The final solar eclipse of 2022 will occur on Tuesday, October 25, when the moon will pass in front of the sun.
Only a small portion of the planet’s surface, primarily in sections of Europe, Africa, and Asia, will be able to see this year’s second and last solar eclipse. The United States won’t be able to see this eclipse.
Don’t worry if you don’t reside in one of those places. While many people around the world won’t be able to experience the partial solar eclipse in person, they may still watch it live online on a number of different websites. Links to numerous livestreams may be found in our guide on how to view the partial solar eclipse online.
Observers’ locations throughout the world will determine when the eclipse starts. At 4:58 a.m. EDT, or 08:58:20 Universal Time (GMT), the eclipse will start over the Atlantic Ocean. It is going to end at 9:01 A.M. EDT (1301 GMT).
According to Fred Espenak, a veteran NASA astronomer and expert on eclipses, the eclipse will peak at 7 a.m. EDT (1100 GMT).
On Tuesday, October 25, there won’t be a single place on Earth exposed to a total solar eclipse. This is because the moon and sun won’t be exactly aligned throughout the eclipse. Instead, the sun will look to have a monster-sized bite out of it, a more ominous sight for the week leading up to Halloween.
The point of central eclipse is the area of the sun that the moon completely blocks out when viewed from Earth during an eclipse. The closest alignment between the sun’s and the moon’s centers is at this point.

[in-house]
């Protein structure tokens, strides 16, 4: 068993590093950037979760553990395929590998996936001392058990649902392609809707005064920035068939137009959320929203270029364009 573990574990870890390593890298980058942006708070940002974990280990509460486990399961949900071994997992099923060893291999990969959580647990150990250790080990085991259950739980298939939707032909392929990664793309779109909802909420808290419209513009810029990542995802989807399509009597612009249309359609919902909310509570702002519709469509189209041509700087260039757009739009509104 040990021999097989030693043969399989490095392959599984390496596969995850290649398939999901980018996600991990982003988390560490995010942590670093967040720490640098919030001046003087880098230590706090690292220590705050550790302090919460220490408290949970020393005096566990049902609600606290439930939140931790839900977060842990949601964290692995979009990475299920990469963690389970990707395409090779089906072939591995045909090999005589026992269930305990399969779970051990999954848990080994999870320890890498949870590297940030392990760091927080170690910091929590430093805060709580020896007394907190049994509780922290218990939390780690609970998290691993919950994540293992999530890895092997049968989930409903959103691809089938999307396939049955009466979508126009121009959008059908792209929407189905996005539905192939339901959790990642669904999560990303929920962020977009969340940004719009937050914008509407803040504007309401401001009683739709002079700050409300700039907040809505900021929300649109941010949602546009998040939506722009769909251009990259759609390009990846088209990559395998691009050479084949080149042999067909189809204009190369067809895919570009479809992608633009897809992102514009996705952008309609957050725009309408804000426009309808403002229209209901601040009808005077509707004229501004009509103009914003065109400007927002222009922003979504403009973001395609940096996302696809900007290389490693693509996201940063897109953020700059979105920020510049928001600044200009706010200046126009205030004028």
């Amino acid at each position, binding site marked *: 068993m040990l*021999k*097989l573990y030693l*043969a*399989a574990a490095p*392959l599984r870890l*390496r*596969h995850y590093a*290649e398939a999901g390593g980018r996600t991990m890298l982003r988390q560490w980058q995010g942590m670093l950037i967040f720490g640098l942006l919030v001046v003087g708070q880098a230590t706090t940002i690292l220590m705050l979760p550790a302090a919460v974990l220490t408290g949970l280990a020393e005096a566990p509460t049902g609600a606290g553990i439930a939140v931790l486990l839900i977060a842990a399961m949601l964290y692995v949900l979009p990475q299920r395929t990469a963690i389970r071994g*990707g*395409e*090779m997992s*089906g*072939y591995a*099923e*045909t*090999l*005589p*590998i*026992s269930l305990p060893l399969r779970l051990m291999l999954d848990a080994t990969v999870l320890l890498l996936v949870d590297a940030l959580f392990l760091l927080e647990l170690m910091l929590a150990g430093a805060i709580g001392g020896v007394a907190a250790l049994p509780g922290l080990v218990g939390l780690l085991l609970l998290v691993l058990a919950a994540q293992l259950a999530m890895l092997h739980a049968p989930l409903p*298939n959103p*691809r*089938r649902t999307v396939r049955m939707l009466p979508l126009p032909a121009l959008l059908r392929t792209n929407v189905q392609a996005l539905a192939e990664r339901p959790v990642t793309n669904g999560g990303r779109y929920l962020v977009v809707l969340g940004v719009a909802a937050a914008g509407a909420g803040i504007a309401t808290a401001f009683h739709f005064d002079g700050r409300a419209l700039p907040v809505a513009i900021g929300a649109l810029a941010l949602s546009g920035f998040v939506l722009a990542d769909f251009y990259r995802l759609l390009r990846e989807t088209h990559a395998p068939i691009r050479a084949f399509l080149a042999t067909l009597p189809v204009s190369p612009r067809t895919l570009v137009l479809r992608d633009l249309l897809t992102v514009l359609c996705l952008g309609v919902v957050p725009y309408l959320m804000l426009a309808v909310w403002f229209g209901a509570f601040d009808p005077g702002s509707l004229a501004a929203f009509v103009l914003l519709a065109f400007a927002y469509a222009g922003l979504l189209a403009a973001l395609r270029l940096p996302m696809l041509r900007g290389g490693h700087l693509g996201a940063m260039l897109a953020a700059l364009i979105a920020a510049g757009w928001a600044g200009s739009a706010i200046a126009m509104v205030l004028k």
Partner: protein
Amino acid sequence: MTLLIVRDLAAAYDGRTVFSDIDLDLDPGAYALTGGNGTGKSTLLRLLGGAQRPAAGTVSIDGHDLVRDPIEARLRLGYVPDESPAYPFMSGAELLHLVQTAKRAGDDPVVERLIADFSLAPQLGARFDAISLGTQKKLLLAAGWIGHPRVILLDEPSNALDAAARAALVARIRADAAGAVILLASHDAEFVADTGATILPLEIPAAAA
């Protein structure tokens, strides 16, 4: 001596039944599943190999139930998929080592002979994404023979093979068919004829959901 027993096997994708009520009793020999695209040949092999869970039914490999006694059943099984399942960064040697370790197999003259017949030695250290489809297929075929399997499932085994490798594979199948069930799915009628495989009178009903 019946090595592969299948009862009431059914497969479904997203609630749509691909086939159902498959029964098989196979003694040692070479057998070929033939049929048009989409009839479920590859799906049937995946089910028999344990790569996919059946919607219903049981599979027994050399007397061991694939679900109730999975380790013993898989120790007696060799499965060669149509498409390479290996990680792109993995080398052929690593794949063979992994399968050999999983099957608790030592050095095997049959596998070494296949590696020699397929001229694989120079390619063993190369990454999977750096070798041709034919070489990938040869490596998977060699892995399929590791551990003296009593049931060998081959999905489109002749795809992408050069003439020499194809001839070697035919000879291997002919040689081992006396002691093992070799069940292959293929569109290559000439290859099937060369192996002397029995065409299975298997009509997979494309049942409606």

During this partial solar eclipse, the moon will cover 82% of the sun above the North Pole, where the point of central eclipse will be at its greatest. During an eclipse, this point is unstable and moves around the planet.
In Russia, onlookers will witness about 80% of the sun obscured by the moon as the moon’s point of central eclipse advances farther from the North Pole. Over China, Norway, and Finland, this amount of sun coverage will decline to about 70%, 63%, and 62%, respectively.
The solar eclipse on Tuesday will only be seen from a few locations around the world, like all solar eclipses, total or partial. This is due to the fact that the moon is much smaller than the Earth and can only cast a shadow over a limited region of a few hundred miles.
Be sure to read our article on how to safely observe the sun if you intend to witness the partial solar eclipse (or any solar eclipse) in person. Never try to gaze at the sun without wearing eye protection, as even during a partial eclipse, the sun’s ultraviolet (UV) and infrared (IR) rays can harm one’s eyes. Even if you don’t have specialized glasses for viewing eclipses, you can still view them live by making a pinhole camera at home.